Now, now, now and now. Don’t get me wrong. Listen, there is absolutely nothing wrong with Nigerians studying in universities in Ghana if those who have decided to send their wards there have passed a vote-of-no-confidence on the system here. Universities in Ghana are not even up to a quarter of the number we have here and I guess that is why they are better run. We are told that there are no strikes. We are also told that power supply is not as PHCN as it is here and that the universities are moderately well-equipped. So, if there is value for money in the educational industry in Ghana (bearing the ECOWAS tenet of co-existence in mind and) because the environment is enabling and is affordable, why not? If the ones here cannot absorb the teeming number of those who need university education and the ones in neigbouring countries could, why not? Very auspicious Nigerians( Bishop Ajayi Crowther et all) have had training in Sierra Leone, aka the Harvard or Athens of Africa and we know that Fourah Bay College in West Africa had a budget that is the semi-equivalent of some of today’s Ivy League schools.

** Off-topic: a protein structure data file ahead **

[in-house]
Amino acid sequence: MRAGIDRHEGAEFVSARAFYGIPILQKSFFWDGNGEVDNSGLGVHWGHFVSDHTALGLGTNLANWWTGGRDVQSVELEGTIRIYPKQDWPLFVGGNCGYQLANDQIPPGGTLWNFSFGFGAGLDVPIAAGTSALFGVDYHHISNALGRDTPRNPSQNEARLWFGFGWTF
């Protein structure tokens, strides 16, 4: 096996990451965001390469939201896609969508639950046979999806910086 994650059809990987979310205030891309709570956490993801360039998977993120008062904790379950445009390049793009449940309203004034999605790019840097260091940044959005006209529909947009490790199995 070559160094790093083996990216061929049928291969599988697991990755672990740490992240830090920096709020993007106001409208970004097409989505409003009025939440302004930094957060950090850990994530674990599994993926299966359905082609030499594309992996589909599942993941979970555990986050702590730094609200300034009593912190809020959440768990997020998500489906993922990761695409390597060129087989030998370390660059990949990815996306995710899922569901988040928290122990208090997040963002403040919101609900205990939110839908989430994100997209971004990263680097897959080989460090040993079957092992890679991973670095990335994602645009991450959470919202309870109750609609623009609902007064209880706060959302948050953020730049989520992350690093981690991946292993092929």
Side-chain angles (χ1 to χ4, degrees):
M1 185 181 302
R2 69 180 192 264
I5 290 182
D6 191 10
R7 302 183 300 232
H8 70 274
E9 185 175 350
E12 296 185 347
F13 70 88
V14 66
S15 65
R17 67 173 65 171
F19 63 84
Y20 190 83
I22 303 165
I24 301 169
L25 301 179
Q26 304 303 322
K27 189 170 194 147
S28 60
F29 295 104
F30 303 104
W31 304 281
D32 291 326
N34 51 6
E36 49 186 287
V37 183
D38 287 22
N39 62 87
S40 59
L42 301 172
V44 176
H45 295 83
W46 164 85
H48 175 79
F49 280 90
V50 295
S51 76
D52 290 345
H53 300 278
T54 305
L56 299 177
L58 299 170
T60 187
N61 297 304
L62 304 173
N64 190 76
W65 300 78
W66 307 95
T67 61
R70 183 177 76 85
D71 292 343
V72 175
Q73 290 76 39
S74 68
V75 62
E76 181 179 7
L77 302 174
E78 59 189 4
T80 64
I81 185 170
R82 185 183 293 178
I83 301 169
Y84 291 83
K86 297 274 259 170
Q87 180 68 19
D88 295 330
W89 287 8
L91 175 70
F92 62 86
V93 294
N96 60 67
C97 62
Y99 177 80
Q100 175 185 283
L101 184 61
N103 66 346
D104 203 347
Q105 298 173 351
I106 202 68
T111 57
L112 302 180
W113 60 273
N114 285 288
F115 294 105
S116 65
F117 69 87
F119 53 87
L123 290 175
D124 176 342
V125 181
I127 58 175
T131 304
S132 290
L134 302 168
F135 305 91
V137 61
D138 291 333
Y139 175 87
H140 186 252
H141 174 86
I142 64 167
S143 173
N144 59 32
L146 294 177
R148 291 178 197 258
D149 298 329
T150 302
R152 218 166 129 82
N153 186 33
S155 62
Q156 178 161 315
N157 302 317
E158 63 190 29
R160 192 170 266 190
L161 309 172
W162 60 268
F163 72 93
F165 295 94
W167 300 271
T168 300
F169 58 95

Now having established that point, it is important as well to state that with Nigeria’s fabled human and natural endowment, we have no business whatsoever sending our students to any school within the West African sub-region for tertiary education. I argue thus because the whole business has the mien of an indictment that says that we cannot harness the vast potentials inherent in our educational sector. If students from Egypt, Tunisia, the UK, France or Australia would rush to Nigerian universities the way ours do to these countries, why would we complain? But the whole thing is such a one-sided affair. I would love to leave the embarrassment of Nigerians studying either the Sciences or the Arts in universities in the Sub-region at the doorsteps of those who did not consider the spiraling effect their harassment of my teachers has caused